Album review: TROY REDFERN – Island

Troy Redfern – Island

Self release [Release date: 22.05.20]

Troy Redfern’s ‘Island’ may well be his best work yet. It’s an atmospheric nuanced album full of vacillating emotions and material that he might not have envisaged writing a few months ago.

It’s a splendid album on which he digs deep into his own psyche to produce something that reflects his current state of mind. His focused artistic intensity is tempered by an uncertain future with all the emotional turmoil that goes with the territory.

It’s quite possible that he could have recorded this album with or without being in lockdown, but it probably wouldn’t have been invested with the same amount of integrity and real feel.

The title might be interpreted as a metaphor for feelings of isolation, but also of self sufficiency and possibly self empowerment, while the Aaron Gardner’s well worn guitar album art work suggests that we will all come out of this a bit battered and bruised, but always resilient.

Sometimes in life the unexpected things bring out the best in us. In pre-Coronavirus times, Redfern had been busy working on a potential major breakthrough album in Rockfield studios in Monmouth. The sudden lockdown presented him with the opportunity to come up with something different.

‘Island’ is a more laid back affair than usual with the emphasis on stripped down acoustic playing and songcraft. There’s colourful imagery, sparkling playing and fleeting melodies which lend themselves to a sense of a time and place.

You could call ‘Island’ a roots rock into Americana album, but the music here refuses to be genre bound. It’s certainly built on a blues foundations with a folky feel, but if the occasional rock-blues bluster such as the opening track ‘Doin’ Time’ suggest business as usual, it’s merely an exercise in blowing away the cobwebs before the real work begins.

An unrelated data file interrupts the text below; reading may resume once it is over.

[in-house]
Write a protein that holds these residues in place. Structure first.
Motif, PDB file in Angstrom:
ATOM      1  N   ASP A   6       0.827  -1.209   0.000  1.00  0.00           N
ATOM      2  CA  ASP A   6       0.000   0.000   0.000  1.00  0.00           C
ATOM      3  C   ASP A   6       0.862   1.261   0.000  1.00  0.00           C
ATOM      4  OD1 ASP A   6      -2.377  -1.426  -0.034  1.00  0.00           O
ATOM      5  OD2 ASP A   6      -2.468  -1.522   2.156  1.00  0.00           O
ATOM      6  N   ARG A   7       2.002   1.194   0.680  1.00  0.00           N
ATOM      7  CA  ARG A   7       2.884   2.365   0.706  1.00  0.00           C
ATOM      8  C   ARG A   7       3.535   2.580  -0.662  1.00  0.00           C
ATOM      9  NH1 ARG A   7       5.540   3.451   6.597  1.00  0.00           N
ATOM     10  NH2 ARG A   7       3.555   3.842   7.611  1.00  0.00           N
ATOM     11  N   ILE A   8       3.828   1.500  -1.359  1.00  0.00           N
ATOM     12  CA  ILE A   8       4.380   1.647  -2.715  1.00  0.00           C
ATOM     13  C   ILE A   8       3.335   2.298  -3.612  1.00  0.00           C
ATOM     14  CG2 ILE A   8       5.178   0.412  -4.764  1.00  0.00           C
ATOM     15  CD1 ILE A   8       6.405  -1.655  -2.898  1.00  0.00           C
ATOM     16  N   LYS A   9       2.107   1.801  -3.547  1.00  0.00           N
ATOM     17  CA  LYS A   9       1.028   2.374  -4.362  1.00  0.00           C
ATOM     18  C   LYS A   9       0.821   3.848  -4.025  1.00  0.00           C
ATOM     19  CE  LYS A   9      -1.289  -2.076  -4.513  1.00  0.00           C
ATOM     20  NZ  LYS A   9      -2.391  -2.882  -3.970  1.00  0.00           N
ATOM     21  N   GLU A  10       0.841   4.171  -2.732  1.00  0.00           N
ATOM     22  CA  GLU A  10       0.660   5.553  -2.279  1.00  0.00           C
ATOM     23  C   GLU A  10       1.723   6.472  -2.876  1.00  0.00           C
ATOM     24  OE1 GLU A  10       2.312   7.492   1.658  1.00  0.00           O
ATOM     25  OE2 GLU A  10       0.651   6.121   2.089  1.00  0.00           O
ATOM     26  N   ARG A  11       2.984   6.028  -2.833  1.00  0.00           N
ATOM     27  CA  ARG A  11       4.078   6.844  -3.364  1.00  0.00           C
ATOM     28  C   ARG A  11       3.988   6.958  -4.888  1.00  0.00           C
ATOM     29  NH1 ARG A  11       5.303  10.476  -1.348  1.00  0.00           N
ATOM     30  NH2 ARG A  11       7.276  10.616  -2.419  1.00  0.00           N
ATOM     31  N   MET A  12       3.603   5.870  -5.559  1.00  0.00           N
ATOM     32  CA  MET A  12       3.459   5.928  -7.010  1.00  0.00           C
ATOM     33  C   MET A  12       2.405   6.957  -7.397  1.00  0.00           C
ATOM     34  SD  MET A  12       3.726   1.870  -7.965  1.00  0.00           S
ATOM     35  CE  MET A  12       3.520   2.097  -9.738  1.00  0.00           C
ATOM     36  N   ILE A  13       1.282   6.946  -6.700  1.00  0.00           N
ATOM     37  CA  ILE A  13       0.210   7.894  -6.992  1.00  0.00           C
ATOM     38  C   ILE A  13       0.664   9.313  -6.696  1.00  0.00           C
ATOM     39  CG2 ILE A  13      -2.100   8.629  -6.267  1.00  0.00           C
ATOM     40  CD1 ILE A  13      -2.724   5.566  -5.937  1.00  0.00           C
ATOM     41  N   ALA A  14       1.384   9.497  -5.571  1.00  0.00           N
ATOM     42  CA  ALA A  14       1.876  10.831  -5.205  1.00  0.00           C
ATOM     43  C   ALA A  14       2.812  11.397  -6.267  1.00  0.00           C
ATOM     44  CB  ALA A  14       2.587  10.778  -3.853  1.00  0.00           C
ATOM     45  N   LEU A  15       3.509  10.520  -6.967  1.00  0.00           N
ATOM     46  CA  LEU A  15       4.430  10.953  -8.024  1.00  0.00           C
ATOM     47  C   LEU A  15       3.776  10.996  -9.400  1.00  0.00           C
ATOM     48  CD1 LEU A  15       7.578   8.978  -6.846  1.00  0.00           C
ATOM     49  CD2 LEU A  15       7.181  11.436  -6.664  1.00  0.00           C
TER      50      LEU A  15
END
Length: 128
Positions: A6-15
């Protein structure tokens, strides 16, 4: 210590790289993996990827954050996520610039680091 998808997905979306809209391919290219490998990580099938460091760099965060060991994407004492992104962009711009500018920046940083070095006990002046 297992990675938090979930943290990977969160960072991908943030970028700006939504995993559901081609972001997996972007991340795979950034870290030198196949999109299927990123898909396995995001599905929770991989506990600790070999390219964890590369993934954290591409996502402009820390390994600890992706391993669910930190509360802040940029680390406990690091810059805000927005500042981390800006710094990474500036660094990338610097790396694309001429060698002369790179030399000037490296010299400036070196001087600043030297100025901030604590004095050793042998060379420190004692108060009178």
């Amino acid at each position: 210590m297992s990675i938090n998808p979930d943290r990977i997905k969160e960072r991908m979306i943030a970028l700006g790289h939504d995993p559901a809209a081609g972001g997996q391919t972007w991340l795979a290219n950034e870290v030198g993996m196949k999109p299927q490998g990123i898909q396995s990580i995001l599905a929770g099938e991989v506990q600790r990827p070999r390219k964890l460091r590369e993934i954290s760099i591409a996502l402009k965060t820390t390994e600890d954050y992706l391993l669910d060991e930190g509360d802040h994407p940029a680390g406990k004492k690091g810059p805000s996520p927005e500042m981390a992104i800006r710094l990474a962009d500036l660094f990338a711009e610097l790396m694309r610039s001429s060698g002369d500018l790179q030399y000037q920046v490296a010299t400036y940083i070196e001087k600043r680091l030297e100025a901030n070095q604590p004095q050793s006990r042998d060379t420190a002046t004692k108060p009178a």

So far in his career Troy has trodden a thin line between intricate moments and rip-roaring bluster. ‘Island’ explores a new balance. It’s still an album built on steely licks and passionate rasping vocals, but overall it’s a more contemplative effort. He voices the depth of his feelings through heartfelt lyrics and a tonal array that allows the best moments to linger.

No one can really identify why our subconscious feelings sometimes takes us to some fairly remote places. Whatever the reason, Redfern explores those thought patterns and digs deep to tap into a vibe that feels like an emotional statement of what we’re all going through at the moment.

And it’s his ability to emote that universal feeling that is the key to the impact of this album.

He cleverly varies his instrumentation on the Hawaiian style slide and hook-laden ‘Falling Down’ and revisits an Eastern feel on the resonator-led instrumental ‘Fighting Form’.

Then there’s the evocative ‘Call To Prayers’ on which he matches an ethereal vocal with some Eastern-tinged acoustic and tablas (or possibly an African hand drum), to conjure up some title-led imagery on a lovely audio aesthetic.

The acoustic instrumental ‘Era’s End’ is equally good as it floats round the room to create an optimistic vibe in an otherwise dark landscape.

It’s also the point when he throws off the shackles of introspection and looks towards a post lockdown rebirth as his crisp guitar lines bloom like flowers in spring.

The message appears to be that we may indeed be at an ‘Era’s End’, but we’ve all got a new future to build.

There’s searing slide too on the oft covered ‘John The Revelator’, complete with a Son House sample.  Slated as the album’s lead single, it’s given a TR makeover with layered slide over electronic beats.

The title track acts like an anchor to which all the other tracks are inextricable linked. There’s a flow and an ambient feel that evokes a David Gilmour style wall of sound,  save for TR’s more sinewy tone.

He also cleverly varies his vocal attack, adding a female harmony vocal on tracks like the beautifully nuanced ‘Hallowed Ground’ and the chorus of ‘Lay My Body Down’.

Everything comes together perfectly on the latter. A lush combination of guitars,  banjo and his weathered vocal is offset by rich harmonies and reminds me of The Band.

‘Island’ is a compelling album on which each track leads into the other. There’s a feeling of space and time that permeates 10 tracks that revel in their diversity, but are equally shot through with a spiritual feel born of our unique times.

This album’s overall feel is underscored by ‘Emma’, the closing slide injected instrumental which for those with a long memories evokes Wout Steenhuis, John Fahey, and more recently Ry Cooder and Sonny Landreth. Great company to be mentioned in, but then this is a special album. ****½ 

Review by Pete Feenstra

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